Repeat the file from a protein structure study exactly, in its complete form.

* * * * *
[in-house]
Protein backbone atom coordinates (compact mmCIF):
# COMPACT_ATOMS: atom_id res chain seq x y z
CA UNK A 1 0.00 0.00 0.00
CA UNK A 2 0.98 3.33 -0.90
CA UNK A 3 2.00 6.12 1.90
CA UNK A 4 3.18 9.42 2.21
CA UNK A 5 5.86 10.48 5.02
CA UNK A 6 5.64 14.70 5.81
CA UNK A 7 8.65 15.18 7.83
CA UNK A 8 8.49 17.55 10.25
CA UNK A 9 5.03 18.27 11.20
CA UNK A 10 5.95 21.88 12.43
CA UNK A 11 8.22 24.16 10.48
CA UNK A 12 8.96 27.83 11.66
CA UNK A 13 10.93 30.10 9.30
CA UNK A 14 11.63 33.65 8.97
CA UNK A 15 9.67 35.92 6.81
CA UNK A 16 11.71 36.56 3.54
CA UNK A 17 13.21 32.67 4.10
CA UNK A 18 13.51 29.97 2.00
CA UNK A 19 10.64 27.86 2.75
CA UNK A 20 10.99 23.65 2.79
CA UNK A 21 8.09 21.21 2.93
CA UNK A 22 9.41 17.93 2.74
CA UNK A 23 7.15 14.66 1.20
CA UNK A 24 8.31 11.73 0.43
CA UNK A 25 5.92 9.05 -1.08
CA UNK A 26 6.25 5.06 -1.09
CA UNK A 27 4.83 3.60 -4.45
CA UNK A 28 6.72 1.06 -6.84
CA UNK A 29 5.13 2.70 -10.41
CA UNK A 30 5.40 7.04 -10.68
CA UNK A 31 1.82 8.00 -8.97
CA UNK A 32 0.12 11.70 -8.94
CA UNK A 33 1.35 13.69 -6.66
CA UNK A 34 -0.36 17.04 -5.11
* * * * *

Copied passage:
[in-house]
Protein backbone atom coordinates (compact mmCIF):
# COMPACT_ATOMS: atom_id res chain seq x y z
CA UNK A 1 0.00 0.00 0.00
CA UNK A 2 0.98 3.33 -0.90
CA UNK A 3 2.00 6.12 1.90
CA UNK A 4 3.18 9.42 2.21
CA UNK A 5 5.86 10.48 5.02
CA UNK A 6 5.64 14.70 5.81
CA UNK A 7 8.65 15.18 7.83
CA UNK A 8 8.49 17.55 10.25
CA UNK A 9 5.03 18.27 11.20
CA UNK A 10 5.95 21.88 12.43
CA UNK A 11 8.22 24.16 10.48
CA UNK A 12 8.96 27.83 11.66
CA UNK A 13 10.93 30.10 9.30
CA UNK A 14 11.63 33.65 8.97
CA UNK A 15 9.67 35.92 6.81
CA UNK A 16 11.71 36.56 3.54
CA UNK A 17 13.21 32.67 4.10
CA UNK A 18 13.51 29.97 2.00
CA UNK A 19 10.64 27.86 2.75
CA UNK A 20 10.99 23.65 2.79
CA UNK A 21 8.09 21.21 2.93
CA UNK A 22 9.41 17.93 2.74
CA UNK A 23 7.15 14.66 1.20
CA UNK A 24 8.31 11.73 0.43
CA UNK A 25 5.92 9.05 -1.08
CA UNK A 26 6.25 5.06 -1.09
CA UNK A 27 4.83 3.60 -4.45
CA UNK A 28 6.72 1.06 -6.84
CA UNK A 29 5.13 2.70 -10.41
CA UNK A 30 5.40 7.04 -10.68
CA UNK A 31 1.82 8.00 -8.97
CA UNK A 32 0.12 11.70 -8.94
CA UNK A 33 1.35 13.69 -6.66
CA UNK A 34 -0.36 17.04 -5.11